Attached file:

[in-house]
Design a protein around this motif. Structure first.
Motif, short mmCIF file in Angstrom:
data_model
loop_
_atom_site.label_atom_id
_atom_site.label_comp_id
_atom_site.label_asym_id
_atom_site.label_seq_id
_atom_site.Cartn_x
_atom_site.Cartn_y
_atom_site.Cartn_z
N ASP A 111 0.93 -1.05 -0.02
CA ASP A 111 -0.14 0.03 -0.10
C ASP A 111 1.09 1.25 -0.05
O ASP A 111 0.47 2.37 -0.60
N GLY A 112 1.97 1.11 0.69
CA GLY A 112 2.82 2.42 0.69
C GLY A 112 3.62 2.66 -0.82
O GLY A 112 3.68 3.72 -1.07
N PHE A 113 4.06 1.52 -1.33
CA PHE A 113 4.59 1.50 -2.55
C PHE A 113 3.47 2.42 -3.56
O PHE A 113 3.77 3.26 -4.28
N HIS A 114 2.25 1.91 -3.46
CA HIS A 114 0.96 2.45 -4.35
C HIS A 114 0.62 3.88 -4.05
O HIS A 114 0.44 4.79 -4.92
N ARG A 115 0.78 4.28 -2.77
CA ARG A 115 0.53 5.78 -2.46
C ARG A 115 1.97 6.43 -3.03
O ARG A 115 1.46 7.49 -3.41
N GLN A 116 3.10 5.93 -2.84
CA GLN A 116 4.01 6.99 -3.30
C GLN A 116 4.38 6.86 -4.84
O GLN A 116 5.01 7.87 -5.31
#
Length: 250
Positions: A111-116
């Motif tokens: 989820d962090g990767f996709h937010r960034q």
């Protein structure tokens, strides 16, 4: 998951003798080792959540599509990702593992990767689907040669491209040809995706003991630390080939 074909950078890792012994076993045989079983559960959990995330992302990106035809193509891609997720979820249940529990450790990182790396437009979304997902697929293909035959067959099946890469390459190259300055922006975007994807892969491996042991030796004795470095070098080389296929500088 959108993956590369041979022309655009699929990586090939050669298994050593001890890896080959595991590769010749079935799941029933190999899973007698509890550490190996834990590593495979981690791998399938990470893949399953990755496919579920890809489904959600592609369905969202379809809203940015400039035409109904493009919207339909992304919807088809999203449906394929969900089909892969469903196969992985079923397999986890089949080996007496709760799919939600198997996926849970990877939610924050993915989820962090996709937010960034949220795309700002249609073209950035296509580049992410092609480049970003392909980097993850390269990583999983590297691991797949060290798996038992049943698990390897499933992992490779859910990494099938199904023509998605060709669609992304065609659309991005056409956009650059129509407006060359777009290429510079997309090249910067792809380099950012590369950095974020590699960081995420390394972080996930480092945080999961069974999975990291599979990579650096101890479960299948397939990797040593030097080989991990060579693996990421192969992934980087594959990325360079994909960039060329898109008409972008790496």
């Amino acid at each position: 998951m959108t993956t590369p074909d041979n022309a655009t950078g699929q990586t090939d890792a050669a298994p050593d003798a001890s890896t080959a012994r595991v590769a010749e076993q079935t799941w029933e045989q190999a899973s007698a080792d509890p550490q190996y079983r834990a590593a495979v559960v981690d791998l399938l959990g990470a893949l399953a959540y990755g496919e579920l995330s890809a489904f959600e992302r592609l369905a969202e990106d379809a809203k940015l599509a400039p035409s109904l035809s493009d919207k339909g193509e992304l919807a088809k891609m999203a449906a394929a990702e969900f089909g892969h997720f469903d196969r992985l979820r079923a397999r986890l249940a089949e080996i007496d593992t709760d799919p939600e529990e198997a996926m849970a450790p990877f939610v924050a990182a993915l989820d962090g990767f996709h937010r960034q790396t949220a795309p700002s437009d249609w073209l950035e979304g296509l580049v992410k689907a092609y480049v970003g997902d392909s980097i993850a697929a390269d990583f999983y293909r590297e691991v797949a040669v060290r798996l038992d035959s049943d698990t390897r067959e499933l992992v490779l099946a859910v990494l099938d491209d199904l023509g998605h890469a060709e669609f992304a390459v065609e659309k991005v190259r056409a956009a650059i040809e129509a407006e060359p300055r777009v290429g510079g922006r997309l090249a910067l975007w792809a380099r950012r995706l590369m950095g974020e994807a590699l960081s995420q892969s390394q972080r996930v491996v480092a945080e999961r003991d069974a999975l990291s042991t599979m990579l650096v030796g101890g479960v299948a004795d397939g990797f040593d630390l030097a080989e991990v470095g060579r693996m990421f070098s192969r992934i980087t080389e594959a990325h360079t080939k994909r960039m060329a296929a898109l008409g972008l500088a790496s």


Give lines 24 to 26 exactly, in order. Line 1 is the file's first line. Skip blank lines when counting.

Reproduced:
O PHE A 113 3.77 3.26 -4.28
N HIS A 114 2.25 1.91 -3.46
CA HIS A 114 0.96 2.45 -4.35